*     *     *     *     *

BD:   What’s the place in the opera world today of unknown works of, say, Meyerbeer, Marschner, Lortzing
works that are not standard?

fischer ÁF:   Like The Queen of Sheba?

BD:   Exactly.

ÁF:   As I see it, people come to the same operas in Germany because the houses play every year always the same repertoireCarmen, Rigoletto, Tosca, Butterflybecause people come for these.  They want to do some new works, so they’re always searching after such works.  But they discover that most of them are not so good.  It’s very interesting to look at ones that have been a great success in 1810, but it’s not that they could stay in the repertoire because they’re so good... at least it’s not very often.

BD:   It’s good to hear them once in a while, but not every day?

ÁF
:   Yes.  We did L’Africaine by Meyerbeer in Graz...

BD:   There was a time when Meyerbeer was done all the time.

ÁF
:    ... and I was negotiating with somebody about The Huguenots.  It’s very difficult to perform.  For these romantic operas you need very, very good singers.  That is the case for The Queen of Sheba, too, because you need a tenor and a soprano, both of which don’t exist anymore.  The roles are so difficult to sing.  Samson and Delilah is the same.  There are two or three tenors in the whole world
such as Cossutta [who was singing it in Chicago during this period]who can manage it because it’s difficult.  [Also in the Chicago cast were Yvonne Minton and Tom Krause, conducted by Jean Fournet.]

BD:   Would you ever do Samson in Freiburg?

ÁF
:   I don’t know.  If I had a very good tenor and a very good alto, why not?  But these are the romantic operas.  The operas of the nineteenth century are written for stars, so you should not perform them just to perform the operas, but to give these very good singers an opportunity to sing something interesting.  Don Quichotte [which was also being done in Chicago during this period] is the same.  If you have Ghiaurov, then you should do Don Quichotte.  But without him there’s no sense, because musically it’s not so good.  It gives an opportunity to perform.  [Also in the cast were Lucia Valentini Terrani, and Donald Gramm, conducted again by Fournet.]  For instance, Don Quichotte hasn’t been played much since Chaliapin, because Chaliapin was Chaliapin.  But with another bass, it makes no sense to perform it.

BD:   What about early works
Monteverdi, Cavalli, etc.?

ÁF
:    They do these very often in Europe.  They are now starting to do them with original instruments.  It has been a revolution performing Monteverdi and these old operas with Nikolaus Harnoncourt.  For Harnoncourt, it’s not important to do them with old instruments.  This is not a basic question, but he tries to have the traditions of interpretation and style.  The mistake is that we read the notation of this style like you would read something in English but it was written in German.  The Monteverdi notes had another meaning.  If he writes a C and then an E, it meant for the singers to do a cadenza, or to sing it in a way where they did a portamento.  If Wagner would have written the same notes, it would have meant something else.  Different theoretic professors at the universities were corresponding with each other about what it should be, and Harnoncourt was the first one who realized it.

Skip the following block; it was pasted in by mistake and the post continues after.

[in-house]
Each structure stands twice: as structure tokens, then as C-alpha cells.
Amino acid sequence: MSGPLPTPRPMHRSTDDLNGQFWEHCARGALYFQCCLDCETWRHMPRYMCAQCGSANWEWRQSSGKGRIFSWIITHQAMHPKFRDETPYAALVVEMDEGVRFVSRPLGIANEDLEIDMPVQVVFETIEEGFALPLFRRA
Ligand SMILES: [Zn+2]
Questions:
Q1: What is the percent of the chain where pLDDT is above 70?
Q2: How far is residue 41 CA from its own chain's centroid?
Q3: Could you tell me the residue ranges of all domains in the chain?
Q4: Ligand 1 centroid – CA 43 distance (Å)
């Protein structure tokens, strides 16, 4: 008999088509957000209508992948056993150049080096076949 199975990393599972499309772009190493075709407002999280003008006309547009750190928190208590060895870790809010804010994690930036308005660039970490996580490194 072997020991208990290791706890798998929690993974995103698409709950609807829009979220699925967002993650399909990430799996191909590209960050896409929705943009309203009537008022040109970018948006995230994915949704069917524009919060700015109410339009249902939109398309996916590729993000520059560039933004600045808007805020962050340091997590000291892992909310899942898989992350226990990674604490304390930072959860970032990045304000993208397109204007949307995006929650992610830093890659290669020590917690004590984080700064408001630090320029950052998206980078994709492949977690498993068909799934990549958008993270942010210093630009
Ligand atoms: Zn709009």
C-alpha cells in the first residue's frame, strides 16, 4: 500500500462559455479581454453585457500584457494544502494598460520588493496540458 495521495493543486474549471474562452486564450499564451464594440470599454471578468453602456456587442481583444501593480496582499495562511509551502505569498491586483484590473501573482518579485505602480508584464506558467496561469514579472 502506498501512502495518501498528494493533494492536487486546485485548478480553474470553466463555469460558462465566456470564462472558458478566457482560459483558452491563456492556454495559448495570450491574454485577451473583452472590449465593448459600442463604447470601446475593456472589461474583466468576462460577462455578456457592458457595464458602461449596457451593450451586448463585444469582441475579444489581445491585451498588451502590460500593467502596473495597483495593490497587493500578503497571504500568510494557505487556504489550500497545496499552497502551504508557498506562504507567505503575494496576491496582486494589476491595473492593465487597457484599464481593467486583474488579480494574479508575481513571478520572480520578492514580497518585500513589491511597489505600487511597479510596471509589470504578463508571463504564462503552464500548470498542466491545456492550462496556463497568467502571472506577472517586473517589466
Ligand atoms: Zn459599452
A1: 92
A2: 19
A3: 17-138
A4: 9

BD:   Do you do any old operas in Freiburg?

fischer ÁF
:   I don’t dare to do very much.  We haven’t decided yet for the next season if we should Orlando Furioso by Vivaldi, or Idomeneo by Mozart.  If we do Orlando Furioso, that’s a baroque opera, but I would be a bit afraid because I haven’t studied this old style very long.  Maybe it’s not good for me to do it.  Maybe I should just let somebody do it who understands it more.

BD:   [Trying to be helpful]  Ask Harnoncourt?

ÁF
:    No, another Harnoncourt!  [Laughs]

BD:   Does this become part of the idea of balancing a season
doing a few operas of each style?

ÁF
:   What we do in Freiburg is we have our modern line.  That means every year something new.  We do something classical from the twentieth century, so that’s why we do Wozzeck next season, or why we do The Nose this season, which are not world premieres, but from the twentieth century so-called classical works.  Then we do Wagner, and then the rest.  We do Bohème next season, and this year we did Aïda, and The Abduction from the Seraglio.  There has to be a work with smaller forces, so if we do a big ensemble like Aïda, next season there is Die Walküre, which means a big orchestra but no chorus.  It’s difficult to perform, and the next production has to be easy to perform.  That’s why we do Abduction, and next season maybe Barber or Don Pasquale, which are small, and we can rehearse together.  There’s a part of the public who goes to Wagner, and another who goes to Rossini, and at the beginning of the season we can serve both parts.

BD:   Is there any public that goes to all of it?

ÁF